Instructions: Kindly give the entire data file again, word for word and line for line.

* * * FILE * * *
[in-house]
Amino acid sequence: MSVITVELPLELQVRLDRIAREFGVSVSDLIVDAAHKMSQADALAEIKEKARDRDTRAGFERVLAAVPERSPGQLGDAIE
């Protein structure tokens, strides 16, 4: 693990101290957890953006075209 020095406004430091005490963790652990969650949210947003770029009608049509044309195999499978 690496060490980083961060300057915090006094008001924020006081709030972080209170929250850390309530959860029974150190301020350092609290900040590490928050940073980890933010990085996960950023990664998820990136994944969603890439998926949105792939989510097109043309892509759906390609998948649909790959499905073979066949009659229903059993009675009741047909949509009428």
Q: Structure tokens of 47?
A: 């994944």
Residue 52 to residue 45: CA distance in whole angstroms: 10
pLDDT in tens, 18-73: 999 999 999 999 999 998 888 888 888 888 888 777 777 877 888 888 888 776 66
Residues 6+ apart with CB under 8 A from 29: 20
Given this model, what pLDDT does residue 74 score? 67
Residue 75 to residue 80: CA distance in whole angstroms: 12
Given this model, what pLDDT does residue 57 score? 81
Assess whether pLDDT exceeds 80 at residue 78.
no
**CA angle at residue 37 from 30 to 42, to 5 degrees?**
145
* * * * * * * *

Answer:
[in-house]
Amino acid sequence: MSVITVELPLELQVRLDRIAREFGVSVSDLIVDAAHKMSQADALAEIKEKARDRDTRAGFERVLAAVPERSPGQLGDAIE
């Protein structure tokens, strides 16, 4: 693990101290957890953006075209 020095406004430091005490963790652990969650949210947003770029009608049509044309195999499978 690496060490980083961060300057915090006094008001924020006081709030972080209170929250850390309530959860029974150190301020350092609290900040590490928050940073980890933010990085996960950023990664998820990136994944969603890439998926949105792939989510097109043309892509759906390609998948649909790959499905073979066949009659229903059993009675009741047909949509009428």
Q: Structure tokens of 47?
A: 């994944």
Residue 52 to residue 45: CA distance in whole angstroms: 10
pLDDT in tens, 18-73: 999 999 999 999 999 998 888 888 888 888 888 777 777 877 888 888 888 776 66
Residues 6+ apart with CB under 8 A from 29: 20
Given this model, what pLDDT does residue 74 score? 67
Residue 75 to residue 80: CA distance in whole angstroms: 12
Given this model, what pLDDT does residue 57 score? 81
Assess whether pLDDT exceeds 80 at residue 78.
no
**CA angle at residue 37 from 30 to 42, to 5 degrees?**
145